Thursday, September 12, 2013

A Teacher and the Hangman’s Noose

 Fiction


“You’re under arrest,” said the visitor who was in the police uniform.

The sun had just risen above the horizon far, far away, beyond the concrete jungle of the city.  Sunita was ready to go to her school where she was a teacher in the upper primary section.  The school would begin at 7.30 and she had to start from home at 6 am from home.  If she was late by a minute the attendance register would automatically mark her absent.   That was just one of the many miracles which the computer technology could perform in her school.

“Arrest!?”  Sunita was both amused and surprised.  What crime had she committed?  She had slapped a boy on his back yesterday because he had fallen asleep in the class while an interesting activity was going on.  “Interesting”, according to the lesson plan given to her by the textbook prescribed by the school and produced by experts.   Physical punishment is an offence which can send a teacher to the jail.  But she had only patted the boy on his back, in fact.  The sound produced by the hollow of her palm hitting on the back of the boy was just a ploy to send a message to the class.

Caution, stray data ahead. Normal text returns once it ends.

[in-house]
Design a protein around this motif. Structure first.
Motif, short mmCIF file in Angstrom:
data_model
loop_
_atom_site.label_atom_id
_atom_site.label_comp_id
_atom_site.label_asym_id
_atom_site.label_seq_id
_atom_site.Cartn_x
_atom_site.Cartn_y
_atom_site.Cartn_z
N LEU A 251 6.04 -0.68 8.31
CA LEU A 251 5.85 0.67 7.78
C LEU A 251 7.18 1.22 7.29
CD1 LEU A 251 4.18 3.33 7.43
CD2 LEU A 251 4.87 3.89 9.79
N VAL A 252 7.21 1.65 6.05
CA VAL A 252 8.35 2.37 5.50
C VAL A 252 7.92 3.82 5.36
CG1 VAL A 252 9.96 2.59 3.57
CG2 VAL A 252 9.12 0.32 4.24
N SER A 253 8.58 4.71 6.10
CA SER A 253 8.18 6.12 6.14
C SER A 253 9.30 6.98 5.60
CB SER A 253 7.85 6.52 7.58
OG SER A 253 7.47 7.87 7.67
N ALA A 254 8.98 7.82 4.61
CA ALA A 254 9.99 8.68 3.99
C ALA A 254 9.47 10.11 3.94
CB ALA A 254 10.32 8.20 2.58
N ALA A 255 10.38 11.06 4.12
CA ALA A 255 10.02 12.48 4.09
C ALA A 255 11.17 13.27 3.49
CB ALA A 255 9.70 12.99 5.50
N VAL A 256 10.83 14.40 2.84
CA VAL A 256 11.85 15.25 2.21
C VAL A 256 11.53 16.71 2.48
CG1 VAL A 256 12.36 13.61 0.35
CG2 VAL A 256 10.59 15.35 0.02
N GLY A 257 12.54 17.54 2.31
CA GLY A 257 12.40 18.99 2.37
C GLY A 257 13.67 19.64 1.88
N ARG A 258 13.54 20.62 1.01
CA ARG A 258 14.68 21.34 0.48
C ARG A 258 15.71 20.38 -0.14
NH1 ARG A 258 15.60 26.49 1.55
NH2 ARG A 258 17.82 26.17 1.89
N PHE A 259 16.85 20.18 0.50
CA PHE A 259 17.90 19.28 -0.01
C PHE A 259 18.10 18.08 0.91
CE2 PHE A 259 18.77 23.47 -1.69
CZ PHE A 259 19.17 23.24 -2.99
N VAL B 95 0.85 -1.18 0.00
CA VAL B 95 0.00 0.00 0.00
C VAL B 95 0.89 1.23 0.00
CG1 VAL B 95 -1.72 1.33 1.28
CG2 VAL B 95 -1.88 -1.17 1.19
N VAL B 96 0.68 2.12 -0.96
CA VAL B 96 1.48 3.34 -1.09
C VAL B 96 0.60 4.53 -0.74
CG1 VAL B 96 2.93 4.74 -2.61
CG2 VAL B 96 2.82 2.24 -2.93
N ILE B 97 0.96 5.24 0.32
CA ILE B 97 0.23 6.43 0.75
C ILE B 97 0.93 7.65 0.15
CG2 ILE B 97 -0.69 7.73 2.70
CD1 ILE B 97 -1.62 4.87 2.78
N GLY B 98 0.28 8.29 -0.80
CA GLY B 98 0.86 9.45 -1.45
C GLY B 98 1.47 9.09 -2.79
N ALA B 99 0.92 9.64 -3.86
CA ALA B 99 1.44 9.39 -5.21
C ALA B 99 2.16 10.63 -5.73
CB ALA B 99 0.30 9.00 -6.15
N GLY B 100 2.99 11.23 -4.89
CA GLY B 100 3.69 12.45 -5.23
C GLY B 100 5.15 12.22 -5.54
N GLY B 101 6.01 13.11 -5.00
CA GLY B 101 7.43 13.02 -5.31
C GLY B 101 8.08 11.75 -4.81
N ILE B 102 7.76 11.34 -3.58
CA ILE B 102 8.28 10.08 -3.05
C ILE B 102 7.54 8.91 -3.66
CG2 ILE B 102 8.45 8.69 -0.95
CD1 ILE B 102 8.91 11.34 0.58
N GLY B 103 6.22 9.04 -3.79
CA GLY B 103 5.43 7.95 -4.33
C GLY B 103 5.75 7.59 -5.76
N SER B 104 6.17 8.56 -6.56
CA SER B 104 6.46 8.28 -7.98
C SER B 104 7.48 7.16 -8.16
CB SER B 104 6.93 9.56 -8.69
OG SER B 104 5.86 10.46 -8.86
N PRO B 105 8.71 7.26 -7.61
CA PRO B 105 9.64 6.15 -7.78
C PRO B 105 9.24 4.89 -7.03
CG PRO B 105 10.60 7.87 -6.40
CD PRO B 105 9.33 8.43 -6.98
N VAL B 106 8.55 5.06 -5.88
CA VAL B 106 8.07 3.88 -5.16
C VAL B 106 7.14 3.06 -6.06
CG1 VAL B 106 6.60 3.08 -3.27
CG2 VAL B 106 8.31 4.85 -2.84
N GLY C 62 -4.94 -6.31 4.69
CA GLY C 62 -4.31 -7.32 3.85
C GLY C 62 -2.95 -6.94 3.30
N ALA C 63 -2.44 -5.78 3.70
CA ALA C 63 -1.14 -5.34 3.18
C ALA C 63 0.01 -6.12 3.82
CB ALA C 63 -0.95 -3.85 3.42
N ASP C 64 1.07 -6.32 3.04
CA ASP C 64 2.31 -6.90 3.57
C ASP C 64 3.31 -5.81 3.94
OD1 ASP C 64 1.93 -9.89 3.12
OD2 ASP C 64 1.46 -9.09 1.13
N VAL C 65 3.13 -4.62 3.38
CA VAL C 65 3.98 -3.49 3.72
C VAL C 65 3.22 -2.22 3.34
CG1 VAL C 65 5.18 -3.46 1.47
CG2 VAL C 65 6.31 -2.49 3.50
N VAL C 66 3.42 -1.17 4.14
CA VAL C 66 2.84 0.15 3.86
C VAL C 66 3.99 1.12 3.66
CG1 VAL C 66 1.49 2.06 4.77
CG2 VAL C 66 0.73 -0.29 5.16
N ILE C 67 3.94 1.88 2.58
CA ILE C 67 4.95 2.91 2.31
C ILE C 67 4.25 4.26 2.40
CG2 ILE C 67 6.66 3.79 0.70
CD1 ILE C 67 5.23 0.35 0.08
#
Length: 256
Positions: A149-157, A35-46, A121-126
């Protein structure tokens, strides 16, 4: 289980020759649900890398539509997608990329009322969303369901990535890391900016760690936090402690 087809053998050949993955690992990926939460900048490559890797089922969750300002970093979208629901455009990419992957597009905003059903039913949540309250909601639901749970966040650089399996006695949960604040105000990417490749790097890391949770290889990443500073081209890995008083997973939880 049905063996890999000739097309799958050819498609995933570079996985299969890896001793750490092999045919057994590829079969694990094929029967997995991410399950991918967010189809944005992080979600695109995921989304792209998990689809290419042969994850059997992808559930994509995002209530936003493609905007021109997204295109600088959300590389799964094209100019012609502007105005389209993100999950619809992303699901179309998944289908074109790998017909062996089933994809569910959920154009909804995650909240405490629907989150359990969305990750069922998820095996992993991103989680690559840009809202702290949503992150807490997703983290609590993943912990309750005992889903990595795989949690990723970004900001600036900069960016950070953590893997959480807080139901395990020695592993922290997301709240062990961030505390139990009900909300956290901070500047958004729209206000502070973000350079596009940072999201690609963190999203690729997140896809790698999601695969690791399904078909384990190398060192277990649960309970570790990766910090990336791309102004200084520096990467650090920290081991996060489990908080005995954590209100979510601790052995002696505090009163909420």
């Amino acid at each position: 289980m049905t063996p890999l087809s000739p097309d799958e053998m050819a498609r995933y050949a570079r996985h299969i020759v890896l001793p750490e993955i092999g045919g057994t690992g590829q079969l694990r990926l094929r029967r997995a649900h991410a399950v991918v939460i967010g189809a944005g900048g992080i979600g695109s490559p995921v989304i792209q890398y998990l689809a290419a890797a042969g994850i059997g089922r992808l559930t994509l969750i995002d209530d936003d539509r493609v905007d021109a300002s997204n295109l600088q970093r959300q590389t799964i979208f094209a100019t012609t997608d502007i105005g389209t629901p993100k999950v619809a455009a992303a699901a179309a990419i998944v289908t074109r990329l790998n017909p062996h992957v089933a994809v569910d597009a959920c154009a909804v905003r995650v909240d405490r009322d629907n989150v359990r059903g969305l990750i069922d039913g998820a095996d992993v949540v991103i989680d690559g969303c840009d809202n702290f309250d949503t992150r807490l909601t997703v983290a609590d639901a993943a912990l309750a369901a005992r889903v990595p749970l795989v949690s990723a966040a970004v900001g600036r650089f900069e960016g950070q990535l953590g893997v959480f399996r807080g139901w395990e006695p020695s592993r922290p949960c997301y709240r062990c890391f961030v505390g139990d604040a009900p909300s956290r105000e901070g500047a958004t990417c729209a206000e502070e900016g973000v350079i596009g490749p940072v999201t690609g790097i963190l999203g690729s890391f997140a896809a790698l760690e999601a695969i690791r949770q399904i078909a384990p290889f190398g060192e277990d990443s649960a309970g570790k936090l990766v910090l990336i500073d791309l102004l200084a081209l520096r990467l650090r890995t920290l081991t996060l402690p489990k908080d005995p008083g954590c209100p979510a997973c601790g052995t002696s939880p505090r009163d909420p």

“Yes,” said the police officer.  “There’s a complaint against you by the father of a student whom you are teaching.  You hanged the student yesterday.”

“What!?”  Sunita’s jaw hung loose though it was not in her nature to open her mouth so wide in spite of being a teacher.

Sunita was arrested and taken to the police station.  She was transported from there, with as much grace as the police could afford, to the court where her bail was to be granted. 

“You hanged a student, an innocent 13 year-old student, hanged him alive yesterday?” asked the judge.

Sunita had already understood her crime in the interval between her arrest and the bail.   

“Yes, sir,”  she said.

“Say, ‘my lord,’” prompted the lawyer.

“My lord?”  and she looked at her husband.

“Just do what he says, dear,”  said her husband, “this is a world that has its own vocabulary.”

Sunita explained to her “lord” that she had played a game named Hangman’s Noose in the class.   It’s a word game.  Every student has to supply a word according to certain rules of the game; otherwise he has to draw a part of the scaffold on his score sheet.  The one who fails again and again in the game obviously gets hanged on the scaffold he has drawn for himself.

“How can you play such a game in a class of young students with tender minds?” the judge was visibly agitated.  “It’s such a negative game.  It’s teachers like you who create criminals in the society.  Terrorists are born in the wombs of such teachers...” 

The judge was very generous with gratuitous admonition. 

Gratuitous admonition come at a price, Sunita learnt quickly, in the world of “that has its own vocabulary.”